A Stitch in Time: The Basque Stitch

The Basque stitch, also known as the twisted daisy border stitch, has its origins in the Basque country, located in the western Pyrenees that span the Franco- Spanish border. According to Jacqueline Enthoven in her book The Stitches of Creative Embroidery (New York: Van Nostrand Reinhold, 1964), the Basque stitch most likely dates to the eighth century, when the Moors occupied Spain, and it is often used alongside the Basque knot. In fact, Enthoven discovered that the two techniques often are described interchangeably, with some using the term “Basque stitch” to describe the twisted loop stitch (Figures 1 and 2) and others using the term to describe the knotted stitch (Figures 3 and 4). Enthoven, however, cites the curator of the Musée Basque in Bayonne, France, who confirms that the true Basque stitch is indeed the twisted loop.

The twisted-loop Basque stitch (Figure 1) must be worked from left to right with the needle always pointing vertically; this results in a series of double vertical straight stitches on the back of the fabric. The loop itself should remain as a distinct twisted loop, so care must be taken not to pull the loop too tightly. The size of the stitch and the distance between the completed stitches may vary (Figures 1 and 2). A line of Basque stitches resembles a series of chain stitches worked vertically and attached by a stitch at the top of each twisted chain stitch. Superficially, the Basque stitch appears complicated but it is actually easy to stitch after only a little practice. Use the Basque stitch for straight and curved lines, scroll shapes, and to outline motifs. It is shown to best advantage when stitched with white or another light-colored thread on a dark background.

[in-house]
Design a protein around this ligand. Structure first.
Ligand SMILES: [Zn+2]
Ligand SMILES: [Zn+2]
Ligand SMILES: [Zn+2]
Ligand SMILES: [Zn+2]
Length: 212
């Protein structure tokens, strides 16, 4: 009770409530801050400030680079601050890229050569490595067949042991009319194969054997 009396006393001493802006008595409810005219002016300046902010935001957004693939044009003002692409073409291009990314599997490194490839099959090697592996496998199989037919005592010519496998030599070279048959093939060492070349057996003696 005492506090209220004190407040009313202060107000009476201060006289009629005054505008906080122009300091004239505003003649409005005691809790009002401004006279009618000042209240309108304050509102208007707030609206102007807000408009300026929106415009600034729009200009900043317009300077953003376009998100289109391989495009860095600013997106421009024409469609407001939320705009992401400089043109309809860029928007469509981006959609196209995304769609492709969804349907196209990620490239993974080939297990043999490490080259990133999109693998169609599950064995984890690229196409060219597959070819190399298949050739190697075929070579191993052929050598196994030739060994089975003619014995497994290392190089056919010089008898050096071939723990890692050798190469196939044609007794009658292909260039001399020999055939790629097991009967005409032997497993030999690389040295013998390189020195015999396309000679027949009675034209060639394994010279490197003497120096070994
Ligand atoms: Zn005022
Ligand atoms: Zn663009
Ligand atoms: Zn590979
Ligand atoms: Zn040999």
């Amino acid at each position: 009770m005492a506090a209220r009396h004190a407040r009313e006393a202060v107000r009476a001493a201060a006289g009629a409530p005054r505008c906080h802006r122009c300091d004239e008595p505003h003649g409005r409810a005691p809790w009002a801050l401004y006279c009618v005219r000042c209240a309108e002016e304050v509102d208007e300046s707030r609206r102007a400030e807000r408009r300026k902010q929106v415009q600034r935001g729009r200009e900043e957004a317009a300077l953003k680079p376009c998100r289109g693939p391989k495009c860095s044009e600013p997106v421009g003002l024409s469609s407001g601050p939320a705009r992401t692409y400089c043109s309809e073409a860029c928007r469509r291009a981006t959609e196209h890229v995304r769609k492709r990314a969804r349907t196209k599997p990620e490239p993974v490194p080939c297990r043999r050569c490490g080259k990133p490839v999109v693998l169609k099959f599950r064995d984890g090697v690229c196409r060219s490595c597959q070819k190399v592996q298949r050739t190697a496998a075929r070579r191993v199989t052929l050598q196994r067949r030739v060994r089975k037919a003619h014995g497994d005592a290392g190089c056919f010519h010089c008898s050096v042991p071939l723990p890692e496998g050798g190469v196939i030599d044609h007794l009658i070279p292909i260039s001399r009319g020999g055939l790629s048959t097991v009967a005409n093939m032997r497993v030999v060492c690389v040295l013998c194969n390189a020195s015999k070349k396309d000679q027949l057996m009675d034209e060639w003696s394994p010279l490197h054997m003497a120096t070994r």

basque stitch

Left to Right: Figures 1 and 2.

The Basque stitch resembles the petal stitch in appearance but appears less heavy and is quicker to work. As stated previously, it is always worked left to right, whereas the petal stitch is worked only right to left. The stitching components also are different.

The Basque knot (Figure 3) stitch, also known as the knotted loop stitch, is similar to the Palestrina knot and actually may be a variation. The Basque knot stitch is considered to be of more recent origin than the Basque stitch. Worked from right to left, it resembles a reverse Palestrina knot with “wings.” Slightly snug the first loop of the knot against the working thread before making the second loop. Hold tension on the working thread with your thumb. The Basque knot may be used for straight or curved lines and outlining designs as well as for fillings. It may be used as an isolated stitch (Figure 4) or a series with the distance between the knots varying. When the rows dovetail, the Basque knot stitch becomes a solid textured filling.

basque stitch

Left to Right: Figures 3 and 4.

A firm thread, such as DMC’s Cordonnet Spécial, Spécial Dentelles, Broder Spécial, or pearl cotton sizes 8 and 12, works best for both the Basque stitch and the Basque knot stitch; it helps to accent their distinctive appearance. But do try experimenting with the more flexible metallic threads for a modern look.

Deana


This ninth installment of Deanna’s stitch tutorials originally appeared in the May/June 2003 issue of PieceWork, along with instructions for a sweet thimble holder with a Quaker motif (a companion to the needle holder with a similar motif in the January/February 2003 issue) and much more. Deanna is PieceWork’s needlework technical editor; she previously was the editor of The Needleworker magazine. Stay tuned for another stitch tutorial from Deanna next week!

Featured Image: Scissors and needle case courtesy of Loene McIntyre. Photo by Joe Coca.


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